New programs to tackle Covid learning gap in Madison City Schools

Teachers and students said they're already seeing the benefits of the program.

Posted: Nov 8, 2021 5:14 PM
Updated: Nov 8, 2021 7:11 PM

Madison City Schools is tackling Covid learning loss with two new programs that is already earning great reviews from students and teachers alike.

Liberty Middle School student Abigail Rencilman said it was tough to learn things virtually during the pandemic. She said it was also hard to find help.


"You just had to push your way through it and work your way through it," Rencilman said.

The struggles didn't go unnoticed, and teachers are now seeing the effects that virtual learning had on kids' education.

"Even like my highest kids, who you expect to be even further along, are not quite where they used to be," third-grade teacher Lauren Cecil said.

They are doing their best to close the gap.

"Coming up with a million other ways and strategies to just find ways to fill those gaps and fill those holes that kids have," Cecil said.

That's why Madison City Schools started two after-school programs to get kids where they need to be. Cecil said the programs are "really just picking up on whatever (students) need or what they're missing, whether that's reading comprehension, fluency, phonics, vocabulary or in math."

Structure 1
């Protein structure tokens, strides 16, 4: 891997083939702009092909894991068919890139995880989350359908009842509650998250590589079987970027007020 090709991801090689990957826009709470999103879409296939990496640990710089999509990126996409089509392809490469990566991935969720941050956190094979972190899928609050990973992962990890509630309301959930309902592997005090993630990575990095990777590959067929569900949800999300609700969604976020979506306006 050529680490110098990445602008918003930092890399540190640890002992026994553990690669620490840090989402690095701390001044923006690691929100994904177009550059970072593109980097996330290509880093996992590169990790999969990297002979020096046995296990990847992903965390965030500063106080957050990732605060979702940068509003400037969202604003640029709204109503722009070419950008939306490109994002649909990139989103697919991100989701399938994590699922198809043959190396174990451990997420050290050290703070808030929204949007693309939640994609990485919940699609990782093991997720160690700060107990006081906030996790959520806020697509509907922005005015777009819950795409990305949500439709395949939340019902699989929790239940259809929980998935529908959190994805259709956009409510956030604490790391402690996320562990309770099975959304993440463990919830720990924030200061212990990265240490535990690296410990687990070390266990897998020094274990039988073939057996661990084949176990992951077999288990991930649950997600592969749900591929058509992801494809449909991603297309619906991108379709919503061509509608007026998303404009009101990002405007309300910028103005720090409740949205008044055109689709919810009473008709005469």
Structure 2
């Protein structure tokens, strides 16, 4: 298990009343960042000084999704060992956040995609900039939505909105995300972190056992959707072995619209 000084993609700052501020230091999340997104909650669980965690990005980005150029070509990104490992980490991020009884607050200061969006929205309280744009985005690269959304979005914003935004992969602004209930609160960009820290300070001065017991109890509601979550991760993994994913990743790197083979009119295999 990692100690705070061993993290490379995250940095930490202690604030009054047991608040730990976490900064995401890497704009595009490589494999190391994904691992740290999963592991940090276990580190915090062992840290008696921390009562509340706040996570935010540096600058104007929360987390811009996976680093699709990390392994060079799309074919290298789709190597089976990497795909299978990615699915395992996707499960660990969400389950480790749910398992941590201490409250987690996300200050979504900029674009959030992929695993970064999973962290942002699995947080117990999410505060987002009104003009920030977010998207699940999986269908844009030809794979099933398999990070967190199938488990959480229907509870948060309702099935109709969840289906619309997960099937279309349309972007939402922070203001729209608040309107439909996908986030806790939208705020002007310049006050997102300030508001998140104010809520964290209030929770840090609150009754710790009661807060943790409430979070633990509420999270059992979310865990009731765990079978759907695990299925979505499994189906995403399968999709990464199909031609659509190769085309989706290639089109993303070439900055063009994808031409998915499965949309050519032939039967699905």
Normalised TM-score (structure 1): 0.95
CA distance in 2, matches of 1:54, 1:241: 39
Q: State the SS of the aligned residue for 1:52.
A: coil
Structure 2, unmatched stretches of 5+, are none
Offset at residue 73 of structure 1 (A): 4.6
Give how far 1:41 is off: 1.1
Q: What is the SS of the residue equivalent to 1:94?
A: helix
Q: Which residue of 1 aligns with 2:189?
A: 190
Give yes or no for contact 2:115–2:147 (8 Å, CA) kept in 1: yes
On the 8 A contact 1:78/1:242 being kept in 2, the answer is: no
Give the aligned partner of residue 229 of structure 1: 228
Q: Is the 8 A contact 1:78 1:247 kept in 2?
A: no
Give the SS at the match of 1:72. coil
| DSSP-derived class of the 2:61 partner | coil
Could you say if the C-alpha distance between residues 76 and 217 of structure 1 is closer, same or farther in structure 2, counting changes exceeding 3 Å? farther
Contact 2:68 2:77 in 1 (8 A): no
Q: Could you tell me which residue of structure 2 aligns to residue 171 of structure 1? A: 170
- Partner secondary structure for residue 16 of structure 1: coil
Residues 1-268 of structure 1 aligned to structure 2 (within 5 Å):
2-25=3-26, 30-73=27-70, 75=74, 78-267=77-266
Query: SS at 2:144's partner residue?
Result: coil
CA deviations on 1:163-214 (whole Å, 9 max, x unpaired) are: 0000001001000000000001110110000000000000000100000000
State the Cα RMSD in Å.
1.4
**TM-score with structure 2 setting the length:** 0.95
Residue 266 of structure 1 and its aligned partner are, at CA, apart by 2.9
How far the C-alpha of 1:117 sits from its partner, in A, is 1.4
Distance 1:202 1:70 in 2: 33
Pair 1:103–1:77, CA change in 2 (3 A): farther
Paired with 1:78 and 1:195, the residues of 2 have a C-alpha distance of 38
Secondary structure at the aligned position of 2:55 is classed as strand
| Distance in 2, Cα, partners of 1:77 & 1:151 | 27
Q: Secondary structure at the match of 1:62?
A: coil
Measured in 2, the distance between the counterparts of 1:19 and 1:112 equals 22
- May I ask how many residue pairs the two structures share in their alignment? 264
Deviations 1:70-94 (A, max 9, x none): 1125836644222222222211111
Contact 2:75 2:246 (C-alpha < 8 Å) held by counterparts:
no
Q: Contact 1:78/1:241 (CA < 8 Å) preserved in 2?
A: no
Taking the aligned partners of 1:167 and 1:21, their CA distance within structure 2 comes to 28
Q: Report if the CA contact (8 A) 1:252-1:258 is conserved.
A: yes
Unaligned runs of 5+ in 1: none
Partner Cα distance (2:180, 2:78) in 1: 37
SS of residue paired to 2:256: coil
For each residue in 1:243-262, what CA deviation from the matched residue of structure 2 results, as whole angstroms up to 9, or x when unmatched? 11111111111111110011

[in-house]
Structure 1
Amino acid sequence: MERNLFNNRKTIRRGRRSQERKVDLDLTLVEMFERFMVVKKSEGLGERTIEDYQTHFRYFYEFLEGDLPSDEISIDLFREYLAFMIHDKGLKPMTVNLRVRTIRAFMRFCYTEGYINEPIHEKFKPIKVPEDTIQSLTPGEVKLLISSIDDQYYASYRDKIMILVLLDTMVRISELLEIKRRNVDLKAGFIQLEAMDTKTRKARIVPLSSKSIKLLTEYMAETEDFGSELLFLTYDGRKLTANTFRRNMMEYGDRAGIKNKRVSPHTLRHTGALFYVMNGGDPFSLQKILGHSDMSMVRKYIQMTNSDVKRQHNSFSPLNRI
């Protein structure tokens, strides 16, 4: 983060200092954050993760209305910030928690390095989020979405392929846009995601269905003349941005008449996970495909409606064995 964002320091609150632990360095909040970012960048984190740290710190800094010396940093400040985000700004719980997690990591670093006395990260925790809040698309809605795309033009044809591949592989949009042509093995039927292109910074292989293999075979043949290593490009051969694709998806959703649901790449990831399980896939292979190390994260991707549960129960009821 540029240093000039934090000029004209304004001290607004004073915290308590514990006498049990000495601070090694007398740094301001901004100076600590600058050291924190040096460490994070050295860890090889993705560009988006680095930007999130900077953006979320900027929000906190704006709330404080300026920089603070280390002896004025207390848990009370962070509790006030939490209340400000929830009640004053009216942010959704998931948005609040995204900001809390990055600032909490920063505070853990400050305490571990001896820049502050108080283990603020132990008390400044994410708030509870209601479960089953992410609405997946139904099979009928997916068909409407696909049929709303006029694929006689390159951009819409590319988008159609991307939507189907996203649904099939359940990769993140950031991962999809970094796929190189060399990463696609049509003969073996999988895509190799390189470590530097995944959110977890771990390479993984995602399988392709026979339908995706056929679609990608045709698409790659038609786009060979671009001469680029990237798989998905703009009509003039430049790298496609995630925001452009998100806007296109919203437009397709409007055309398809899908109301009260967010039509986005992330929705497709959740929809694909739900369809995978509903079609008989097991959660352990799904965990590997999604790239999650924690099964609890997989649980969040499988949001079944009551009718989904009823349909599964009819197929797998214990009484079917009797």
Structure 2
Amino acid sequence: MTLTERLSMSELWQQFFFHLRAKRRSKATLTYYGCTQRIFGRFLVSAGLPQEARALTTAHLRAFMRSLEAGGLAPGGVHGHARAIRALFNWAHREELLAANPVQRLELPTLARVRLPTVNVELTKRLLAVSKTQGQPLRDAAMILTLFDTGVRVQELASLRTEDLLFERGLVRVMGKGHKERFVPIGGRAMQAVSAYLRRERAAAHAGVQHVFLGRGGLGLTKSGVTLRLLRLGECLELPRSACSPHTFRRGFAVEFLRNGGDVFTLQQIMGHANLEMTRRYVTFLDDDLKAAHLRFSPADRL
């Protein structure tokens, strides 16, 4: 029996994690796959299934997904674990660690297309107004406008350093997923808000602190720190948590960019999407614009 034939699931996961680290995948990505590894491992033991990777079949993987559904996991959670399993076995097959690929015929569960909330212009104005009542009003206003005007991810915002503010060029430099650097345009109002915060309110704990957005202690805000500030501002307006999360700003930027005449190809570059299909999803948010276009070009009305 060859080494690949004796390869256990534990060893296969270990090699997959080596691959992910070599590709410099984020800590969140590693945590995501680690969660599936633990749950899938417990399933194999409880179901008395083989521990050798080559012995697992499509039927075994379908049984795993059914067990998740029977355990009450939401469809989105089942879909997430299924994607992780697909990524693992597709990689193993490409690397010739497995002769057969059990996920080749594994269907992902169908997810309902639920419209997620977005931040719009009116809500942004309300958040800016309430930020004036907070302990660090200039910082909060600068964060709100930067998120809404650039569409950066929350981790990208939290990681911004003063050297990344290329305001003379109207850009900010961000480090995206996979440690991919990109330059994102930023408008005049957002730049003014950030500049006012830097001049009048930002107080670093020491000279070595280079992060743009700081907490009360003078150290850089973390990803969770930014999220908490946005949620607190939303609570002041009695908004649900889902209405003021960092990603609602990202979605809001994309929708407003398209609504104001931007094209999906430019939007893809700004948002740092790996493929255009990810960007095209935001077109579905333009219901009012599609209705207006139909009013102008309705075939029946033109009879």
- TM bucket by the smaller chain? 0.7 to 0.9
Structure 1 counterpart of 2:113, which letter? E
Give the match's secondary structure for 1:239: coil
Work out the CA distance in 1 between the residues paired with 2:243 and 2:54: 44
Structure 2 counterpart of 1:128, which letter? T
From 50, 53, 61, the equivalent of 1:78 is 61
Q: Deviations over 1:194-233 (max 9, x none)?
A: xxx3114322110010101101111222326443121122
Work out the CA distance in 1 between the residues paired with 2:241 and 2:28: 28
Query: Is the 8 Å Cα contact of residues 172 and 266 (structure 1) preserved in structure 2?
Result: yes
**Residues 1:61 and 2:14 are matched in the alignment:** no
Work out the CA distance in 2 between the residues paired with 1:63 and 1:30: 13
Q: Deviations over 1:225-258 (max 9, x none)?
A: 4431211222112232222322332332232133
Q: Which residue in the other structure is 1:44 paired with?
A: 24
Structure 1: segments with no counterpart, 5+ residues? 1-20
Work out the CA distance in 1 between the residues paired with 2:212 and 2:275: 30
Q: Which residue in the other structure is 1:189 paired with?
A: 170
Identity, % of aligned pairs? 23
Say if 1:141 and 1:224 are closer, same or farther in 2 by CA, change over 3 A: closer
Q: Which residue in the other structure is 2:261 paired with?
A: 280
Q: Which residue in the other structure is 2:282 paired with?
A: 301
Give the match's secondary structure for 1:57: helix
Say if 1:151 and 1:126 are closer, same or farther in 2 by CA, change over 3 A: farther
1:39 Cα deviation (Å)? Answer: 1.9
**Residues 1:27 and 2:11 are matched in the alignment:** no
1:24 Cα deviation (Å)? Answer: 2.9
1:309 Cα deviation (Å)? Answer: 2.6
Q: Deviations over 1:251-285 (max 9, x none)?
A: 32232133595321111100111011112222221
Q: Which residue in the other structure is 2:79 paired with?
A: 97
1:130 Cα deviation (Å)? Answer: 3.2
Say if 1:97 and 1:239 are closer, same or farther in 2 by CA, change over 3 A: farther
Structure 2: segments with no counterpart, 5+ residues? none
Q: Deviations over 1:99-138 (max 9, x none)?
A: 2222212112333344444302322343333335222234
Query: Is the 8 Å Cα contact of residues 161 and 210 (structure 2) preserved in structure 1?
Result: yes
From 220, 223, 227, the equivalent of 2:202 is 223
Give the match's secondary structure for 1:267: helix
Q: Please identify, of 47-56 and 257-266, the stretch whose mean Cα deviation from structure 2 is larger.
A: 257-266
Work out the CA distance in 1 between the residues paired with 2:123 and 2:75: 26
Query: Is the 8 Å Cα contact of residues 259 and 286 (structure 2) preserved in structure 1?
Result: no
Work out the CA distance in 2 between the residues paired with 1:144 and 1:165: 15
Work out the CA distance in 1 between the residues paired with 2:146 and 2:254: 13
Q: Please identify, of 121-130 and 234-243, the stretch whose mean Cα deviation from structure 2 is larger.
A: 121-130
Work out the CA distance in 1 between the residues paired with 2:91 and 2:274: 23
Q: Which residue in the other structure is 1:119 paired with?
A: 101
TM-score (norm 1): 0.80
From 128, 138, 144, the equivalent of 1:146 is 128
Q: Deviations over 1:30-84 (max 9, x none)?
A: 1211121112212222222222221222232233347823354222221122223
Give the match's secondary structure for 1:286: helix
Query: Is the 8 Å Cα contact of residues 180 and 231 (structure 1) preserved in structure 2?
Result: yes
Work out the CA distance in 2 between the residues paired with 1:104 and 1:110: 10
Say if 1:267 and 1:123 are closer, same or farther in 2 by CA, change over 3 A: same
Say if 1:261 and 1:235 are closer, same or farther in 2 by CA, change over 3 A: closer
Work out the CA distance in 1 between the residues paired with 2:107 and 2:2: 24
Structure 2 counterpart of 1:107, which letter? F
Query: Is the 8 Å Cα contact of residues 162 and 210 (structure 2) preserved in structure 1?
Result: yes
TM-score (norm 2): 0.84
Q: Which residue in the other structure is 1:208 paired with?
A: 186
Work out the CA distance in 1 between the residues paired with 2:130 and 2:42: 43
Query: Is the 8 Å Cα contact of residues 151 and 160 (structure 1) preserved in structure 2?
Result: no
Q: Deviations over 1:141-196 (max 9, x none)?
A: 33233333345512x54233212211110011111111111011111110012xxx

Elementary schools have an after-school tutoring program that's available twice a week for reading and math. Essentially, kids stay an hour after school to be in smaller classes. Teachers and administrators have developed a unique curriculum to focus on the needed skills.

Meanwhile, middle and high school students have access to a homework help line to help answer any questions they may have on their work or an upcoming test. That help line is available online through WebEx.

It's only been a week since these programs first became available, but Cecil has already seen how the program helped her students.

"I can already see improvements in their work and their writing," Cecil said. "It's really helping, just even an hour after school."

Rencilman has even taken advantage of the homework help line. 

"I could just hop on if there was a concept I didn't understand or a review I want to go over for a test, to just help me better understand what was going on and what I need to know to help me feel more confident," Rencilman said.

She encouraged other students to take advantage of the programs. Cecil hopes they do, too.

"We hope to be able to catch those kids up and then maybe bring in more students, or bring more tutors and bring in more students that way," Cecil said, adding the goal is to get them caught up before the end of the year.

Both programs are being made available through an emergency relief fund aimed at tackling COVID learning loss in schools.

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